Researchers at UC Irvine have developed a technology to detect the presence of nucleic acid amplification in a droplet. This technology yields real time detection of DNA or RNA amplication in a high throughput integrated microfluidic platform.
Polymerase Chain Reaction (PCR) is a standard procedure used to amplify specific regions of DNA or RNA across several orders of magnitude to generate thousands to millions of copies pf a particular DNA or RNA sequence. Droplet microfluidics represent an advance in this technology. Droplet microfluidics use droplets as a platform for isolated reaction chambers. Detection of the generated oligonucleotides typically involve using a fluorescence probe. This can be costly and involves more post-processing steps.
Researchers at UC Irvine have improved upon this system by developing a technology that uses impedance-based detection that eliminates the need for fluorescently labelled. The process is illustrated in Figure 1. When DNA or RNA is present within the droplets, primers conjugated to the nanoparticles cause aggregation of the nanoparticles during the PCR process (Fig. 1, right). This causes changes in the electrical properties, which can be measured by subjecting the droplet to a certain electrical field. The impedance measurements are used to determine the presence of amplified DNA or RNA in the droplet.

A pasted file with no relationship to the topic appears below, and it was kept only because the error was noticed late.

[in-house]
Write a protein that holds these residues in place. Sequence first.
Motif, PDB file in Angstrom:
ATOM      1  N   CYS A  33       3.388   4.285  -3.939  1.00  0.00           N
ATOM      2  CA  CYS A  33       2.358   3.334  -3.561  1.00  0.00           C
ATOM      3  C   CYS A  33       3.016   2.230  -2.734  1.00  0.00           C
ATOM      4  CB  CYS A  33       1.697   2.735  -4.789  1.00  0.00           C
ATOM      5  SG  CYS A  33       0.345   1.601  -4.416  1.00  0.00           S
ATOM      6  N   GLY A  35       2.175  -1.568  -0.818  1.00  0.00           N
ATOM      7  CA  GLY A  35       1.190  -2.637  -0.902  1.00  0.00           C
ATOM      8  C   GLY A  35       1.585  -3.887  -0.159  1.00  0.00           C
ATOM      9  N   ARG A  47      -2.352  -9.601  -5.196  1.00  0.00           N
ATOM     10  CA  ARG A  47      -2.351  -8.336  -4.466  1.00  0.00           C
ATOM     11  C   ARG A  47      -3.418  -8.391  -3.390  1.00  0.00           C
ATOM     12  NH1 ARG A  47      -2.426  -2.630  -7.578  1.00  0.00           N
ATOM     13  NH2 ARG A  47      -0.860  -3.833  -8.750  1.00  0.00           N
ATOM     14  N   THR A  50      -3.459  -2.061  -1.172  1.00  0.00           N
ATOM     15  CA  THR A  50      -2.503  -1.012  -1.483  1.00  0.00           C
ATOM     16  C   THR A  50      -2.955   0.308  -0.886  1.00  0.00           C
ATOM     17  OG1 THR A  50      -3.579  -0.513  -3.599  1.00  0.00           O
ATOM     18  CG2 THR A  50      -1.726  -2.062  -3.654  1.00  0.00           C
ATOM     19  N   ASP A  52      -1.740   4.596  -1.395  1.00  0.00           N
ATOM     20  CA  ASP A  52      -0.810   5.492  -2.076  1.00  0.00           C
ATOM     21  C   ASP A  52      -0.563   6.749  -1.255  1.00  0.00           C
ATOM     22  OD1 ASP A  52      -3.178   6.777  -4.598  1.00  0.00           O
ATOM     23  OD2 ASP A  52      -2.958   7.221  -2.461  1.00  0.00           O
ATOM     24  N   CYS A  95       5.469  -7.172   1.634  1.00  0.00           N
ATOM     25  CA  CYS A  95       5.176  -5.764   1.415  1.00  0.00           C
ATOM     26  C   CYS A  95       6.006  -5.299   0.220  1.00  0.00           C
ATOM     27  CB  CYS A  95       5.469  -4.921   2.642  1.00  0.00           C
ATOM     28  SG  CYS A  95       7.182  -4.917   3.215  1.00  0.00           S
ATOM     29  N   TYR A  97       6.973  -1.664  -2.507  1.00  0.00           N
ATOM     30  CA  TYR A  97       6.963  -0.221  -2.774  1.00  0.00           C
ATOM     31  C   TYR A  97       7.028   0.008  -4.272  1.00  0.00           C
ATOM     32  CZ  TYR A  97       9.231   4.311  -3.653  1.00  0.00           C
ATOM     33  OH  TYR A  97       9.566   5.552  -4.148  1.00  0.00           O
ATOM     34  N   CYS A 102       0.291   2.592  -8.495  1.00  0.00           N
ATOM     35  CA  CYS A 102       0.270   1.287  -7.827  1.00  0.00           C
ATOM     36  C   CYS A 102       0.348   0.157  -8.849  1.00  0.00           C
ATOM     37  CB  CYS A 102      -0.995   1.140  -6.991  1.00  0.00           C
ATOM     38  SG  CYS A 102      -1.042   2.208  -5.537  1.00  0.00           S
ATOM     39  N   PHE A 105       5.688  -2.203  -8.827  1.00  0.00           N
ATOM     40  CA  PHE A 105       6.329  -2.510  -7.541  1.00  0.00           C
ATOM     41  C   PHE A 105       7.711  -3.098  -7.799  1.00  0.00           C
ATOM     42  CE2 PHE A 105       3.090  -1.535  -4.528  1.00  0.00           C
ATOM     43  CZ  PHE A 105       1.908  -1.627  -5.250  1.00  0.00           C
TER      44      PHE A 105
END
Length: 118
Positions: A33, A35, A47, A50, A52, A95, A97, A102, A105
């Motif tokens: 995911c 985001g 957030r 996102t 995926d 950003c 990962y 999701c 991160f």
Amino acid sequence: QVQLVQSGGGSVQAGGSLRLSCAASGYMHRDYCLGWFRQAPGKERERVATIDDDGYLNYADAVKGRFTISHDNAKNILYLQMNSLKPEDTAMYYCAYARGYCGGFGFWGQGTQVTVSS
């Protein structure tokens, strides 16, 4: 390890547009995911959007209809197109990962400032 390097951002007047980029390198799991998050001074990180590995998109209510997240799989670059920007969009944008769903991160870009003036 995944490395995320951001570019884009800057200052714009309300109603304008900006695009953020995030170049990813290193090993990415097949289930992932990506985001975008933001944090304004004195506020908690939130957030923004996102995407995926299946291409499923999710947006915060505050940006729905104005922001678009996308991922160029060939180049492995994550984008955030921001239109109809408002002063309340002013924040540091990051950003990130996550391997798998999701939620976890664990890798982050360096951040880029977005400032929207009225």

Figure 1 illustrates nucleotide amplification process in the droplets.
Figure 2 shows the reference plots of peak-to-peak voltage data obatined from measuring reference droplets from a variety of sizes at four frequencies. Each data point represents a single droplet. Linear fitting of the collected peak-to-peak voltage data creates reference curves. The curves show obvious differences in the voltage signals obtained from droplets containing amplified DNA and non-amplified DNA. These reference curves can subsequently be used as a predictor for DNA amplification in test droplets.
This technology can be developed into a platform for detection of amplified DNA or RNA for applications in droplet microfluidics. Figure 3 illustrates a platform that incorporates impedance-based detection method. The device contains a thermocycling region for PCR, a set of detection electrodes, and electrical contact pads. Test droplets flow over the detection electrode through a fluidic channel in sequence. The detection electrodes are coupled with a current amplifier and an impedance spectroscope which provide measurement mechanism for electrical impedance of each droplet in the fluidic channel.
This technology can be used for real-time DNA/RNA detection at high efficiency.
This technology is able to discriminate precisely between samples that contain DNA and samples that contain amplified DNA. It is high-throughput and amenable with microfluidic technologies.
|United States Of America||Issued Patent||9,030,215||05/12/2015||2012-202|